Hi, my name is Maret. I’m a floating cartoon blob wearing a suit jacket, no pants, and a buzzing smartwatch inviting me to a product scope meeting with my partners.
We’re a geographically split VR and AR studio. And this is how we do business.
It’s 4:00 PM in Oklahoma, and 2:00 PM in Portland and Seattle. I’m working from my sunny living room, but with one click on my virtual watch, I’m instantly transported to a hip conference center room with clerestories opening to a cartoony night sky.
The room has several nodes, including one with whiteboards, one with a bar and poker table, an intimate meeting table with couches, and a stage set up with charades. The markers work. The microphone projects. We’re that tech company with ping pong tables; ours just happen to be virtual.
Everything you need to know about our company, Bevel is that we choose to meet here.
As our team tends to do, we spend a few minutes shooting each other with confetti blasters and plunger arrows before four of us gather at the central conference table to discuss matters of real money and real work. After a while I wish I had a real chair.
I duck out of the night sky meeting and back into my sunny living room.
Wide windows give me an unobstructed view of my real-world neighborhood. I hadn’t forgotten I was at home, but I certainly wasn’t aware of it while in the virtual space, and my eyes are not adjusted to the brightness.
If you ever get a chance, watch a VR noob take off a headset for the first time. It’s almost as fun as watching them go into VR. Their return to the real world is always accompanied with a gasp and how they’d forgotten where they were. I’m an old pro, and it still happens to me.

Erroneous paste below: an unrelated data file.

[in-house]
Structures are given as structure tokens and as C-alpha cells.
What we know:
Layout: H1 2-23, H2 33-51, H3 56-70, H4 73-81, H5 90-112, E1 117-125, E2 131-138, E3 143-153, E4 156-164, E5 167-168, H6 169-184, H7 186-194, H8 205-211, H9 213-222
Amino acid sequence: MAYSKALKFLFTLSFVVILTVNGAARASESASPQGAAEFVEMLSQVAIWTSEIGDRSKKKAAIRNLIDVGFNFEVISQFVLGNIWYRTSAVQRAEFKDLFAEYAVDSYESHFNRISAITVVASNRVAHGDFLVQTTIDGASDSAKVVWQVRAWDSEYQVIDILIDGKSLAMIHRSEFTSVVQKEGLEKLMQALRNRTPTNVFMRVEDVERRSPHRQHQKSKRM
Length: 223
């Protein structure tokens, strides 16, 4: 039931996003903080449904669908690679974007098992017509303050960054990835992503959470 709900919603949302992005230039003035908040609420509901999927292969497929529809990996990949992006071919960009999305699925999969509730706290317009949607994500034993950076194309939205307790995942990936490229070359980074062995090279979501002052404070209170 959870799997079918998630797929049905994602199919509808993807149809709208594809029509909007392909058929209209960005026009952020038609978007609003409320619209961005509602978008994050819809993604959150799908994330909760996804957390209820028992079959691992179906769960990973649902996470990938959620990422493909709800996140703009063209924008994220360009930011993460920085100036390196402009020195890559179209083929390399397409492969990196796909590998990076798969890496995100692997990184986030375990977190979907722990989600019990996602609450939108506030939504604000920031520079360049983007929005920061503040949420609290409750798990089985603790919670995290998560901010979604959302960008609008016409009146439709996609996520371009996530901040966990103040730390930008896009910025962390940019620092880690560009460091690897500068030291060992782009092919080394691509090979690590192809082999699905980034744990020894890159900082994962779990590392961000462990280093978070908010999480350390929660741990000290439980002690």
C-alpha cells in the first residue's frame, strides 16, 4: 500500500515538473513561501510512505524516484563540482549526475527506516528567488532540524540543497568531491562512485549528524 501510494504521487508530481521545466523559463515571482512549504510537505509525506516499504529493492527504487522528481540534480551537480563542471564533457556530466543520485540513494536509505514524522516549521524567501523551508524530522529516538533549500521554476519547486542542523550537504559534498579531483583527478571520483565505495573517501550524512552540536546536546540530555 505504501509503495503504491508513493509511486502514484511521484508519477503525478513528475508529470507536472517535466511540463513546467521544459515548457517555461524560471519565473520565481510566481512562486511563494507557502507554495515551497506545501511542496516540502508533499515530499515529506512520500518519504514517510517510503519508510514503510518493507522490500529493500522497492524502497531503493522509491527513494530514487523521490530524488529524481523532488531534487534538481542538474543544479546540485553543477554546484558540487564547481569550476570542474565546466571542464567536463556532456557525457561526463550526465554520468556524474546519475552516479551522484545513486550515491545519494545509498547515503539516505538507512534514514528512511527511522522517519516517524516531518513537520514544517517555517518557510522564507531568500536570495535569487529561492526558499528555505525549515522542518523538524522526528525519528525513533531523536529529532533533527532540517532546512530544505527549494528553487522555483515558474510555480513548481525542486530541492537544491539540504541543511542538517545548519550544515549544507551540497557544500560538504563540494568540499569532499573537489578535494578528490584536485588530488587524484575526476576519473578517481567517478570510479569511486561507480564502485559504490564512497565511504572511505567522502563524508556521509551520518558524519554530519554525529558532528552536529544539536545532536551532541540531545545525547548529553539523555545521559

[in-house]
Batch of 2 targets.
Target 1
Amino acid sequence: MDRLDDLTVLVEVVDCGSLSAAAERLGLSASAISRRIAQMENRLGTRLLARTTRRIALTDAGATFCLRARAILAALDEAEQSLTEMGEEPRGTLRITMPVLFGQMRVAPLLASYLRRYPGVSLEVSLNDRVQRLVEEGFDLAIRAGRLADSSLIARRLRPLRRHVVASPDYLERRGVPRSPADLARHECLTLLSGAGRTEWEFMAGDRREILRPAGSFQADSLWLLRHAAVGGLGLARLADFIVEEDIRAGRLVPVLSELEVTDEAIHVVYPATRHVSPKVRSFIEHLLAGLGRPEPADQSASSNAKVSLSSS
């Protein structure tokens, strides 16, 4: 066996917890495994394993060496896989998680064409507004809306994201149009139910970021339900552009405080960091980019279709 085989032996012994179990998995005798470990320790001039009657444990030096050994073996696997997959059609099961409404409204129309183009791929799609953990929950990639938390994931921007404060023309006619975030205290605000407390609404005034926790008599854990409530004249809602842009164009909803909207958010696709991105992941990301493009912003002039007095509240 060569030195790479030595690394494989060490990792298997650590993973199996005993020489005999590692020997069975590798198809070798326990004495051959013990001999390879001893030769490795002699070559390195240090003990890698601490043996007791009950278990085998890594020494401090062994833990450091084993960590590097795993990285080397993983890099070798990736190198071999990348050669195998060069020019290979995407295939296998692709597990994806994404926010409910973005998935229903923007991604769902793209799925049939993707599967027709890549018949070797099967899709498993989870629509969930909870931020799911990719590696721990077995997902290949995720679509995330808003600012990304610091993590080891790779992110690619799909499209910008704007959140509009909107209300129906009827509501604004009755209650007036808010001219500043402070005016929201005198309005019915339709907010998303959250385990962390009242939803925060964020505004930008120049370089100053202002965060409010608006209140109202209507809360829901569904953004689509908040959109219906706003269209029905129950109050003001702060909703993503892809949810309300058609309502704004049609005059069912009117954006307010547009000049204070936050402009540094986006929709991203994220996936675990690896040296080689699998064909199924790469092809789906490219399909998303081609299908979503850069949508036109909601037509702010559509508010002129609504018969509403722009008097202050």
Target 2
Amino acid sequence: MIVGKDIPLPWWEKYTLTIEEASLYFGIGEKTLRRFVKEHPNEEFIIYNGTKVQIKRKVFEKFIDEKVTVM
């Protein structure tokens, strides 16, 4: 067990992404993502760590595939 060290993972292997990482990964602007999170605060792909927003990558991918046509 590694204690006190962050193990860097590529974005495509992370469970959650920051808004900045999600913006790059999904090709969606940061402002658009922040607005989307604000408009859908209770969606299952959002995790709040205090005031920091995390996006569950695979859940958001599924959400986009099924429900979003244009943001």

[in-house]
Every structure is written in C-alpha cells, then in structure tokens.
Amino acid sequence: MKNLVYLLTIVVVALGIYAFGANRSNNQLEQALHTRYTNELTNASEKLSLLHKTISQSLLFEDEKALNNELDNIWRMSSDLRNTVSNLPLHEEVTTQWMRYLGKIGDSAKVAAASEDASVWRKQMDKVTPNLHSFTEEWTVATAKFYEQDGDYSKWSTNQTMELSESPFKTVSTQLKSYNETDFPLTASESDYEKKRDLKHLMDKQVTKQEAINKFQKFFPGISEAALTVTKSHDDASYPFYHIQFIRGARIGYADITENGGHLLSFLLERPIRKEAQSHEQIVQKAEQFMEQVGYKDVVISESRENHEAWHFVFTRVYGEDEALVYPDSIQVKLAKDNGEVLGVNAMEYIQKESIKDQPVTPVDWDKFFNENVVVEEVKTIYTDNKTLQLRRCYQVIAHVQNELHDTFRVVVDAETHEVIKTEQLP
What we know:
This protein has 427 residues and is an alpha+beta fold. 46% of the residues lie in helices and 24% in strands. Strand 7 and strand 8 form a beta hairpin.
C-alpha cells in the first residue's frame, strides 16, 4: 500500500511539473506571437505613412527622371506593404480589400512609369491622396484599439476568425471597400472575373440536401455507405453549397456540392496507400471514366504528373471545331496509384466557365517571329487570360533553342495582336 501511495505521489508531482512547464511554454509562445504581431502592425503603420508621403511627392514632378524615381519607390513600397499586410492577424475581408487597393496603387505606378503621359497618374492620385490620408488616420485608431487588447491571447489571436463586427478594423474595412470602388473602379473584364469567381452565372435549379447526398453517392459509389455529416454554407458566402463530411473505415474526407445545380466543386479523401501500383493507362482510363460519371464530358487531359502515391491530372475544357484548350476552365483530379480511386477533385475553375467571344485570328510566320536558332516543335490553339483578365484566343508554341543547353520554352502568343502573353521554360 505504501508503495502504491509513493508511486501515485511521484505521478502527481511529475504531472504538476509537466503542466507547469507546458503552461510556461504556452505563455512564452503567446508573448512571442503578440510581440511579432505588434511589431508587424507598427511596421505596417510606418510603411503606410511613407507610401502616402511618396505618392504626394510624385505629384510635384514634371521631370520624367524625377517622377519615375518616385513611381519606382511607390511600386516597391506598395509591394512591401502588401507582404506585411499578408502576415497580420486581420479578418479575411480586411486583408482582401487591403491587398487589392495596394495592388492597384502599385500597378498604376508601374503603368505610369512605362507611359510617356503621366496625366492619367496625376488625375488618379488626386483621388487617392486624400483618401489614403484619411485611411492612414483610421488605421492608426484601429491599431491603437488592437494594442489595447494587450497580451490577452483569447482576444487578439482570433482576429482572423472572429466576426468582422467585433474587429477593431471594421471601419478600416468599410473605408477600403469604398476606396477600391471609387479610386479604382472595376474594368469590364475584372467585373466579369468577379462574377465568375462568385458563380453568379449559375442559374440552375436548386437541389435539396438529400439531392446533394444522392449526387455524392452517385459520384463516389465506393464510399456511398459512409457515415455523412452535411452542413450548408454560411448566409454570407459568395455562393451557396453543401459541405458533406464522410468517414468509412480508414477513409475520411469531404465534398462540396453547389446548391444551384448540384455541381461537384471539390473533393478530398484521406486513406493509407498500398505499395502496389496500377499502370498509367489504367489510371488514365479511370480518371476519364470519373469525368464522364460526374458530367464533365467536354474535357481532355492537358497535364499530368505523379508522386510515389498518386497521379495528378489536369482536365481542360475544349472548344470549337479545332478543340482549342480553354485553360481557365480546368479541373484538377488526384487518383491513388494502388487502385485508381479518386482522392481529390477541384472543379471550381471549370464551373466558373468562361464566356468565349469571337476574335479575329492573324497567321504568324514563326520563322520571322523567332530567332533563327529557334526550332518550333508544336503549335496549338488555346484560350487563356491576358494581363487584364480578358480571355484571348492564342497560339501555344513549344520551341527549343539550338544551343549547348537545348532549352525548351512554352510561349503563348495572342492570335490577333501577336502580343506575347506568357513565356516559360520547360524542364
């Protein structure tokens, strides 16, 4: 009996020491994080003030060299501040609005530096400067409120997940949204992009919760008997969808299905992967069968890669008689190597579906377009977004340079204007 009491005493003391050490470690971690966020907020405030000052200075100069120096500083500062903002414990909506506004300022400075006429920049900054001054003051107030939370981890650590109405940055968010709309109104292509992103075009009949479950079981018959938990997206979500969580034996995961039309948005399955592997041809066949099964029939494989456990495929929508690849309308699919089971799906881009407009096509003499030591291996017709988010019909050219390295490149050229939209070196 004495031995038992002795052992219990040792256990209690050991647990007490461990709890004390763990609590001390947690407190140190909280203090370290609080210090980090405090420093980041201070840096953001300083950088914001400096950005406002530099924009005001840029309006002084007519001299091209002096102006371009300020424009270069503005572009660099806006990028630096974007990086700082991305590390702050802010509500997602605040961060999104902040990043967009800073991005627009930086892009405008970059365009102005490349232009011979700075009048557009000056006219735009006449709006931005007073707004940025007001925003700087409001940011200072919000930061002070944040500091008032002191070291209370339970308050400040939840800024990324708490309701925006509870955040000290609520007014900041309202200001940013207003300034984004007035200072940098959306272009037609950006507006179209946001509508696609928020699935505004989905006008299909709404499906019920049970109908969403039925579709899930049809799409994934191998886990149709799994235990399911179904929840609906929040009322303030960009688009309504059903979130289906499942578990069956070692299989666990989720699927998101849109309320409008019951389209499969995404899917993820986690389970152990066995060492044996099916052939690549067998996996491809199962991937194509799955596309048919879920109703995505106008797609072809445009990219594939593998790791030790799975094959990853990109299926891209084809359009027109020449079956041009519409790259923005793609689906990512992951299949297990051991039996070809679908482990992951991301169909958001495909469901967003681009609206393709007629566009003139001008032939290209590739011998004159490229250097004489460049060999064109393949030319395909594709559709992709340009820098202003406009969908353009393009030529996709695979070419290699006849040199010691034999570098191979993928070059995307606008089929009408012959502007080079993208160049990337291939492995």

After fetching a real chair, a real sip of water, I return to our real meeting.
Virtual reality meetings are in some ways like every other meeting you’ve ever been to.
A virtual pen rolls across our conference table and lands on the floor. Someone has to retrieve it. The white board and props act true to life, which means doodling, and note-taking. We talk over one another and apologize for it. We draw diagrams. We make decisions. Everything feels natural and normal even though the virtual space around us is just a cartoon representation.
VR meetings show some of the best and the worst of everything technology has to offer.
Sometimes, particularly with free spaces like RecRoom, functions don’t work. No one likes waiting for the tech to tech, and unfortunately “multiplayer” VR is still more buggy than I’d like. My system crashes every time I take one of the VR pictures you’re enjoying. Without body language, our team often has to make clarifications for clear communications. The headsets aren’t comfortable to wear for extended periods, and even though the immersive grandeur of VR is a joy, I kinda miss that sunny day feeling just outside my window.
But VR does one thing better than conference calls, our daily Discord chats, and Slack: my team feels like we’re in each other’s presence. Seamlessly brainstorming on a shared whiteboard with imperfect virtual avatars bridges a gap between communications technology and our need to exist in a physical world.
And while the analogy to horse blinders is unsettling, we stay on task during the whole meeting. For one of our developers with ADHD, the VR arrangement allows him to focus on what matters while literally shutting out distractors. The active, playful setting allows him to feel the movement his ADHD brain craves.
VR meetings aren’t for everyone or for every meeting, but if a physical meeting place is impossible or impractical, VR is an option that can be just as real and productive as anything else.